Missouri bill would reduce one county’s property taxesMay 2, 2022
A Senate bill with several tax modifications was questioned and criticized due to one section on a county property tax.
Senate Bill 743, sponsored by Sen. Sandy Crawford, R-Buffalo, is 49 pages and caps the total combined sales taxes rate in municipalities. It adds cities to a list of municipalities authorized to levy a sales tax, ends the sales tax hotels pay on utilities and exempts tickets to possible 2026 World Cup soccer matches from sales tax.
But the amendment receiving the most attention during the House Special Committee on Government Oversight on Thursday would annually reduce the property tax by the amount of growth in property tax revenue in counties with more than 400,000 but fewer than 500,000 inhabitants. The reduction would expire Dec. 31, 2073.
Only one county in Missouri meets that description – St. Charles.
Representatives from fire protection districts, public school districts and nonprofit organizations in St. Charles testified against the bill. The amendment came from an earlier bill introduced by Sen. Bill Eigel, R-Weldon Spring, and included St. Charles, Cass, Henry, Bates, Vernon and Barton Counties.
“Because of the defunding of all the fire protection districts, we’re going to have to make reductions if this were to become law,” said Skip Stephens, chief of the Cottleville Fire Protection District. “Training budgets and personnel would take a hit. With rising fuel costs and other personnel costs, as a resident of the county I would hate to see this happen.”
Thomas Vineyard, chief of the O’Fallon Fire Protection District and president of St. Charles County Emergency Services, said fire districts rely heavily on personal property taxes.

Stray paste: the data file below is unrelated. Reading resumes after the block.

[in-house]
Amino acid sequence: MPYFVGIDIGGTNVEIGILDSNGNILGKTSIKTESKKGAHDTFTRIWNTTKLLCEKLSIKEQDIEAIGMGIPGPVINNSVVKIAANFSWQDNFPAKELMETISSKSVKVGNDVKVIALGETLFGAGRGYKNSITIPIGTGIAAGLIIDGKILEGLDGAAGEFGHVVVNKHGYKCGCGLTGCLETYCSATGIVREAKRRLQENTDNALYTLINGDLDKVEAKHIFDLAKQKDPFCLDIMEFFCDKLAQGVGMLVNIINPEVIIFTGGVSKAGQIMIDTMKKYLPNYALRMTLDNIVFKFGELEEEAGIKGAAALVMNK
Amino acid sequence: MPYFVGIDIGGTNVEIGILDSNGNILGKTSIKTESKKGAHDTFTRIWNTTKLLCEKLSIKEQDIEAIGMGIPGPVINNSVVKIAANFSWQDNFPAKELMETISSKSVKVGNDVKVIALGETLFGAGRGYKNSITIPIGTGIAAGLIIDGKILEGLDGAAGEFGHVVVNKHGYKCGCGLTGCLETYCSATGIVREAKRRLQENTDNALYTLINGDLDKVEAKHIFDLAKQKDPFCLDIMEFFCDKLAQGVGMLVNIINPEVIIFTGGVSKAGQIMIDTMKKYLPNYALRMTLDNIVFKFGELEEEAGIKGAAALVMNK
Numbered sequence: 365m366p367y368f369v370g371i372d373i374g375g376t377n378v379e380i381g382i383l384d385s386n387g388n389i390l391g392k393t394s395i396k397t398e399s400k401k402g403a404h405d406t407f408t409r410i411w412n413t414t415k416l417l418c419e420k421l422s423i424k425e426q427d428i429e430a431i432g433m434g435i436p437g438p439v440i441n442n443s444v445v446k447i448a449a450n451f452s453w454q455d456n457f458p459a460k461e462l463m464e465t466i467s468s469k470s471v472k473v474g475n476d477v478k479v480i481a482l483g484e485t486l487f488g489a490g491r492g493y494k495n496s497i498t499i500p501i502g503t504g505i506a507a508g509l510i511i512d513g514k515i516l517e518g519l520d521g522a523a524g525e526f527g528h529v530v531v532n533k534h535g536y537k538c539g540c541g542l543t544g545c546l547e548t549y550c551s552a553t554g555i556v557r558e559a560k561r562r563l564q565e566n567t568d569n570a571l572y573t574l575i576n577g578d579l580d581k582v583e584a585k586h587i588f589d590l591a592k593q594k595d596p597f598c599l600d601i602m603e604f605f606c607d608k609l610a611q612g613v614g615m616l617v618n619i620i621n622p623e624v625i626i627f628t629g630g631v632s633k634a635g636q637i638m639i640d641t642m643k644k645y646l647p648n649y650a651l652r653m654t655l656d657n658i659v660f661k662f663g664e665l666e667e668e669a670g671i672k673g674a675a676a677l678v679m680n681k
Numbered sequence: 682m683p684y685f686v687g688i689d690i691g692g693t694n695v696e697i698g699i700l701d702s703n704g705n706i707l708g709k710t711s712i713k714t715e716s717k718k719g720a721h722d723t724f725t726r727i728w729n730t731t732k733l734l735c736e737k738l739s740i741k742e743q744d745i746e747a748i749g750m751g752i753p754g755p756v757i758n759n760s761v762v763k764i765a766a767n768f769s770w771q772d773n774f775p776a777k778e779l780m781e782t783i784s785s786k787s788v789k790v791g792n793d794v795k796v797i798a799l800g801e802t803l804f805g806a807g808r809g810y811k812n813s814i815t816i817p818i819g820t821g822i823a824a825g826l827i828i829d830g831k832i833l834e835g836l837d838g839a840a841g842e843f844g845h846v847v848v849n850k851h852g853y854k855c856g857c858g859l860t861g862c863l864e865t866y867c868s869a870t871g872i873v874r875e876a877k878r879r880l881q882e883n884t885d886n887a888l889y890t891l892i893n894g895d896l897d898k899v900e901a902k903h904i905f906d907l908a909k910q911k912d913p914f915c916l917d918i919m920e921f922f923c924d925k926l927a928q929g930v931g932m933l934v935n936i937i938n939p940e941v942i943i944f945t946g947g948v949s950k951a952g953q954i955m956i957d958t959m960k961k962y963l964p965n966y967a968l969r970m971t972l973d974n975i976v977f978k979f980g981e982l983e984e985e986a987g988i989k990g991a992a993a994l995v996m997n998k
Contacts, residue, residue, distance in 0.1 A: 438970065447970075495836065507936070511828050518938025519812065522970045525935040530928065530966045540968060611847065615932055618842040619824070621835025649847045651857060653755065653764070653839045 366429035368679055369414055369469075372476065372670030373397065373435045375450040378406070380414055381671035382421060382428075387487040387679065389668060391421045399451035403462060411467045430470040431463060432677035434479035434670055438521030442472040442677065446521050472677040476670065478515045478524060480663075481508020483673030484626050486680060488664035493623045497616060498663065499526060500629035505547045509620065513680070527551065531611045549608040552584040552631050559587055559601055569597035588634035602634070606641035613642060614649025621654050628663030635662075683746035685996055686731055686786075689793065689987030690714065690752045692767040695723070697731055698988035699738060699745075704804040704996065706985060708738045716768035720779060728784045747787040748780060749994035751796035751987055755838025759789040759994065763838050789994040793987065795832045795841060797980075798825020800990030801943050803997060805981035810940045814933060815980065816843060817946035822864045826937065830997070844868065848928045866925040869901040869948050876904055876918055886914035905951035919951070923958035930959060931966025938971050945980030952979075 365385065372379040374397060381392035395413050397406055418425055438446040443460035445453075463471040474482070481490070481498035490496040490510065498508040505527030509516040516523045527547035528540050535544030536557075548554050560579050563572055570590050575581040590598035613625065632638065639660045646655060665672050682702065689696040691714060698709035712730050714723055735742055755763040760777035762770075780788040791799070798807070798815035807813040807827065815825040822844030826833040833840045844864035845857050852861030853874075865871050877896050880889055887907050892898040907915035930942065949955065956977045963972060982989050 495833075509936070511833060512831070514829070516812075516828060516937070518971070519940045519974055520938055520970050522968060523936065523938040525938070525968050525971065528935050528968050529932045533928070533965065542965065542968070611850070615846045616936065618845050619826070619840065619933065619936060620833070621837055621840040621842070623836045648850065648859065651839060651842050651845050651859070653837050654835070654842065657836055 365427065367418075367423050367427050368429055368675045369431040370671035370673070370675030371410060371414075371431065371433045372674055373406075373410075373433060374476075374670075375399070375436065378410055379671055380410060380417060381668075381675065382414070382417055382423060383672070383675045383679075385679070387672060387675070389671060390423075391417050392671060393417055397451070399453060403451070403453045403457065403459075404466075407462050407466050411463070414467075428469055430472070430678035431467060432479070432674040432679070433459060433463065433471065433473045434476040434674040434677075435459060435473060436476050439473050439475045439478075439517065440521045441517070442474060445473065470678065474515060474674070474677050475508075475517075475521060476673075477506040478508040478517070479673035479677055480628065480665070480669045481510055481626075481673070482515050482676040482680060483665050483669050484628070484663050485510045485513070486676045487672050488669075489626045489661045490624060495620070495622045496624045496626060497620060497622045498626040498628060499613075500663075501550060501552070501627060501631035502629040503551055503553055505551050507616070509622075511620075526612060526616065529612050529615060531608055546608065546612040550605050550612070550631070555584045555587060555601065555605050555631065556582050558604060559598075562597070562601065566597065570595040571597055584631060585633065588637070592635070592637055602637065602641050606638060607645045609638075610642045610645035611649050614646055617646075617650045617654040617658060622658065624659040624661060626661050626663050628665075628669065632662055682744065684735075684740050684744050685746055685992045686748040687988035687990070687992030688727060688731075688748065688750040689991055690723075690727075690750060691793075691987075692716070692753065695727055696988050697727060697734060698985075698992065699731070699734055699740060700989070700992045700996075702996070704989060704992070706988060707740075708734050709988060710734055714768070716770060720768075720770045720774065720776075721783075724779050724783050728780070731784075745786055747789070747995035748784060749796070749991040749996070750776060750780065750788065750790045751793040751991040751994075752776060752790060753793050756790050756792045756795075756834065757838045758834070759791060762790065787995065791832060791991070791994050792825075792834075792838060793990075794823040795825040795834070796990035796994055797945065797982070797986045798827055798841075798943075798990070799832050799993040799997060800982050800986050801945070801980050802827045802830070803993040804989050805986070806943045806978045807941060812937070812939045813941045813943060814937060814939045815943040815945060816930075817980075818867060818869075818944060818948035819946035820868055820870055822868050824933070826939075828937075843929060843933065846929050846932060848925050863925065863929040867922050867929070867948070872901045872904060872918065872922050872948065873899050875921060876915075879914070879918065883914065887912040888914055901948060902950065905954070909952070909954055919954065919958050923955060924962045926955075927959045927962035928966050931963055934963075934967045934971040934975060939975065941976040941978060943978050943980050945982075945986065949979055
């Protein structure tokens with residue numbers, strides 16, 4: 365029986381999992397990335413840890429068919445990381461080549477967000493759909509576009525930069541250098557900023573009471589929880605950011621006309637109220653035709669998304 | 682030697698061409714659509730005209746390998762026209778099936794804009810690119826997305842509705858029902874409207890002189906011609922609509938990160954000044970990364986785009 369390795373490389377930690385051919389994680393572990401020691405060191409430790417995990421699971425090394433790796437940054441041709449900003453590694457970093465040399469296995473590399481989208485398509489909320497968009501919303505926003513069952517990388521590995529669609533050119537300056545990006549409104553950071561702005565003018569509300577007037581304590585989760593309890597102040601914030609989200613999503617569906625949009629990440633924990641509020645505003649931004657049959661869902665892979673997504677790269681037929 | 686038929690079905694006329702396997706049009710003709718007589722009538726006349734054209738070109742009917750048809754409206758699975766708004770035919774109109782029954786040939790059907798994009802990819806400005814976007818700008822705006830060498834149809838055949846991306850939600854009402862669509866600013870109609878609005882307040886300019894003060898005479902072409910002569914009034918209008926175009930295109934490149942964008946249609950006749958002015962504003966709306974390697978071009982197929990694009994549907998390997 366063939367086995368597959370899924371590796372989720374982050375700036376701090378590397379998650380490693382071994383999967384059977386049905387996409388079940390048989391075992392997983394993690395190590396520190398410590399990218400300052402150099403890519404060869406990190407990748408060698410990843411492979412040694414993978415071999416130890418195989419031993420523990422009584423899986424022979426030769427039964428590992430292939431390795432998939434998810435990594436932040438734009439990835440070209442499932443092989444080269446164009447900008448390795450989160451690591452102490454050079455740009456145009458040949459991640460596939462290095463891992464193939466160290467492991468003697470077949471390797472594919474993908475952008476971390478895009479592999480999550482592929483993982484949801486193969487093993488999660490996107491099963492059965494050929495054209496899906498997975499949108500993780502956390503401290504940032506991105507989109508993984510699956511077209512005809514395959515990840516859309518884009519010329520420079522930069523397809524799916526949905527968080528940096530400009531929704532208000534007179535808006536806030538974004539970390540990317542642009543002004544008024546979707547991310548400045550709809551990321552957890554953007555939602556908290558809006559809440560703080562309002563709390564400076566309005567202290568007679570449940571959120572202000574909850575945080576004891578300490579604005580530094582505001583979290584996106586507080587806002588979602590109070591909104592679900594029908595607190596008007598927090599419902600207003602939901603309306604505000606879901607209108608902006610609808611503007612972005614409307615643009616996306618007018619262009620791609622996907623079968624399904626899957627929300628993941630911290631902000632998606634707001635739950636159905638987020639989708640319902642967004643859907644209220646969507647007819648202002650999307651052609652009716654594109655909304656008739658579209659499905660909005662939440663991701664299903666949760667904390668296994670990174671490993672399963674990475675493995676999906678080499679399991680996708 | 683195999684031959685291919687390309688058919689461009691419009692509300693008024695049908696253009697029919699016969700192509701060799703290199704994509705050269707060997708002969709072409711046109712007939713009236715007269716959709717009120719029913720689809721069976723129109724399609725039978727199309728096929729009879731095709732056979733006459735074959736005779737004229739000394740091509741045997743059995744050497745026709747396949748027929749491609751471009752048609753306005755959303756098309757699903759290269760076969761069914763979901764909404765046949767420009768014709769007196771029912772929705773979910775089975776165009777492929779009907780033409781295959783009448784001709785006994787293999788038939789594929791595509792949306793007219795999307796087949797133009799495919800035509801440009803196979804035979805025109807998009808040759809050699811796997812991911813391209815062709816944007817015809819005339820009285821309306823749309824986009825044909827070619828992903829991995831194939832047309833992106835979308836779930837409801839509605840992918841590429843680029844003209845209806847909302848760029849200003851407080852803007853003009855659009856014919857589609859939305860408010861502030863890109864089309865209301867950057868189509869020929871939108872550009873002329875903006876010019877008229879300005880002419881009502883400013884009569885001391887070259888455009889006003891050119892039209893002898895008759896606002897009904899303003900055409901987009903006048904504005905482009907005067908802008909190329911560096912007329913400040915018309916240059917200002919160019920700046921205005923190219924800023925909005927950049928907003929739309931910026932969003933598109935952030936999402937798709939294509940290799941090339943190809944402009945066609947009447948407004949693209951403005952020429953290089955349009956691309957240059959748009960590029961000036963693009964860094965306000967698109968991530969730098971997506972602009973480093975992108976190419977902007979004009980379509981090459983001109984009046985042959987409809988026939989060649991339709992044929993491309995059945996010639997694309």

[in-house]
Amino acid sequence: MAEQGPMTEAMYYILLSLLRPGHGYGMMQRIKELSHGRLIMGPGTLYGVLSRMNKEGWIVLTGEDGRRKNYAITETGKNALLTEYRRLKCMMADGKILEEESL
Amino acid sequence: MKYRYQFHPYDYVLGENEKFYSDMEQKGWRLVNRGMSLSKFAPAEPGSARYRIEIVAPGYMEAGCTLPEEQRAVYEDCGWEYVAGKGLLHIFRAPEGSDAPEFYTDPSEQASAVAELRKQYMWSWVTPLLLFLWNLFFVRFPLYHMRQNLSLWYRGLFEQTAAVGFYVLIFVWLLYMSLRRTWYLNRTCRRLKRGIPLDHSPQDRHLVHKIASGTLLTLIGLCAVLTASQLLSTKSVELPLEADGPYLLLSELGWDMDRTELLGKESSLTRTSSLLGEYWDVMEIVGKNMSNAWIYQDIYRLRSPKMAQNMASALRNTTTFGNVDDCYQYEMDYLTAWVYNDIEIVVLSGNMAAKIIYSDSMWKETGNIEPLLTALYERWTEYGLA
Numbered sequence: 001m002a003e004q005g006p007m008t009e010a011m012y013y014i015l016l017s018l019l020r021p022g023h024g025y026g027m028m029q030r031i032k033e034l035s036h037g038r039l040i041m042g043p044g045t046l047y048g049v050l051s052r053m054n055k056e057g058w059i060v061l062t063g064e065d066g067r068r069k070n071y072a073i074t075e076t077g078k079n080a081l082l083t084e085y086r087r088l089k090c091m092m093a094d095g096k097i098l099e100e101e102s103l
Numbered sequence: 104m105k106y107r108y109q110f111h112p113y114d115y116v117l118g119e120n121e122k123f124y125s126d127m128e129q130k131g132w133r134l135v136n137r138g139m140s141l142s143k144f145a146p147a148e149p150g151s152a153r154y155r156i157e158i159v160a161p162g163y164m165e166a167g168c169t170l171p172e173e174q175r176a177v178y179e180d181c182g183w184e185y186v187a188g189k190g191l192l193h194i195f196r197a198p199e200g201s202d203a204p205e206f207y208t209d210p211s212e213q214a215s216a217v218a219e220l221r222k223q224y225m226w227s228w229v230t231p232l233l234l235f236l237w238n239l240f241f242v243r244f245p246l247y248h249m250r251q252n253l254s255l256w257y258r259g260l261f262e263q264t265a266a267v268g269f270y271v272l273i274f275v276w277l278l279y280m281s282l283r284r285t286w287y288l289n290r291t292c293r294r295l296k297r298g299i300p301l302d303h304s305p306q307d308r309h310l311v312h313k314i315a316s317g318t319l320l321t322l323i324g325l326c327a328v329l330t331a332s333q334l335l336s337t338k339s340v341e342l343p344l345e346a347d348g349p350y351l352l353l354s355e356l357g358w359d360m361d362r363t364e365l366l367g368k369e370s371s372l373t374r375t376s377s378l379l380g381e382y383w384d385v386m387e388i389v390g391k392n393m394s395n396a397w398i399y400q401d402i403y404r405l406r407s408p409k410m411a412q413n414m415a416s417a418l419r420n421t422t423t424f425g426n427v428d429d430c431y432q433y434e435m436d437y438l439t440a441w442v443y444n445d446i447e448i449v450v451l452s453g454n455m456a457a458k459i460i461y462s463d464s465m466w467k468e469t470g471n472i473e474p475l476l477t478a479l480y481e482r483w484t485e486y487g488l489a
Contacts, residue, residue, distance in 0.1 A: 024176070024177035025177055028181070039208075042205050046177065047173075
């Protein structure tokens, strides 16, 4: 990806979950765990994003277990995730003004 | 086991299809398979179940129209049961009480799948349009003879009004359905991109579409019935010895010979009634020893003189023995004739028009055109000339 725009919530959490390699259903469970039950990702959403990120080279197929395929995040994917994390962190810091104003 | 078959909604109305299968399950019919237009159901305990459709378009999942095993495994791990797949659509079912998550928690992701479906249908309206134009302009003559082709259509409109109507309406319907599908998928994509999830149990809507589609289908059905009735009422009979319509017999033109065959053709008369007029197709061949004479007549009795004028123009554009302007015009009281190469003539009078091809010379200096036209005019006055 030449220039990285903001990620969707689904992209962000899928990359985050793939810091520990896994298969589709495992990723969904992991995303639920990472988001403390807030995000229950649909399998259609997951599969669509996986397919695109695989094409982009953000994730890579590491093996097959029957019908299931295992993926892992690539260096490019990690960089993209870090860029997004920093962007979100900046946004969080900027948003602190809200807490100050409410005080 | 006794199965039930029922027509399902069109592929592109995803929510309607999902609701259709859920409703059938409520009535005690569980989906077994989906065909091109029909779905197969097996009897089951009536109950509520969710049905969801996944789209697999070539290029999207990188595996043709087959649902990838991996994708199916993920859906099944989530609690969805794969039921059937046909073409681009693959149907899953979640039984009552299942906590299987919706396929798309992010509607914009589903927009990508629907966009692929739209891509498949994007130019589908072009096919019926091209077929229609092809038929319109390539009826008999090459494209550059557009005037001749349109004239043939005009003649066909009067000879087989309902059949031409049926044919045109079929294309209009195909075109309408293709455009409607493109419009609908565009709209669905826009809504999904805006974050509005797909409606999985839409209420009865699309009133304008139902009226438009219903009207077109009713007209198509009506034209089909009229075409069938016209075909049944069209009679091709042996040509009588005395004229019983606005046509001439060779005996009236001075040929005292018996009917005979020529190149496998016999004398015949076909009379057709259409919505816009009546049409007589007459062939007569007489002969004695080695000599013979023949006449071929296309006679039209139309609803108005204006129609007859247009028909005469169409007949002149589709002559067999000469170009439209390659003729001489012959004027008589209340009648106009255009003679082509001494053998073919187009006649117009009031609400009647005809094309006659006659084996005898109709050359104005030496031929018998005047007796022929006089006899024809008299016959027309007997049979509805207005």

“The taxes we collect have been approved by the voters,” Vineyard said. “So while it’s probably not an accurate statement to say we’re not going to lose revenue, we are remaining revenue neutral for probably the next eight or nine years.”
Rep. Bill Falkner, R-St. Joseph, stated he opposed the amendment.
“I just don’t see cutting the personal property tax as an option without a viable way to replace it because the services we demand from municipalities are going to stay the same or go up,” Falkner said. “People want to be paid more. Equipment costs more and you’re required to do more or as much.”
Scott Kimble, the director of advocacy for the Missouri Association of School Administrators, said the five public school districts in St. Charles would lose between $75 to $80 million.
“We would see this as a tremendous harm,” Kimble said.
Peg Capo, the executive director of the Developmental Disabilities Resource Board of St. Charles County, said her organization gets 16% of its income from personal property taxes. She emphasized that 53% of voters approved the establishment of the nonprofit in 1977, and 67% approved a tax levy of 16 cents per $100 of assessed valuation.
“We believe the taxpayers of St. Charles County have voted on this issue and support us,” Capo said.
This article was originally posted on Missouri bill would reduce one county’s property taxes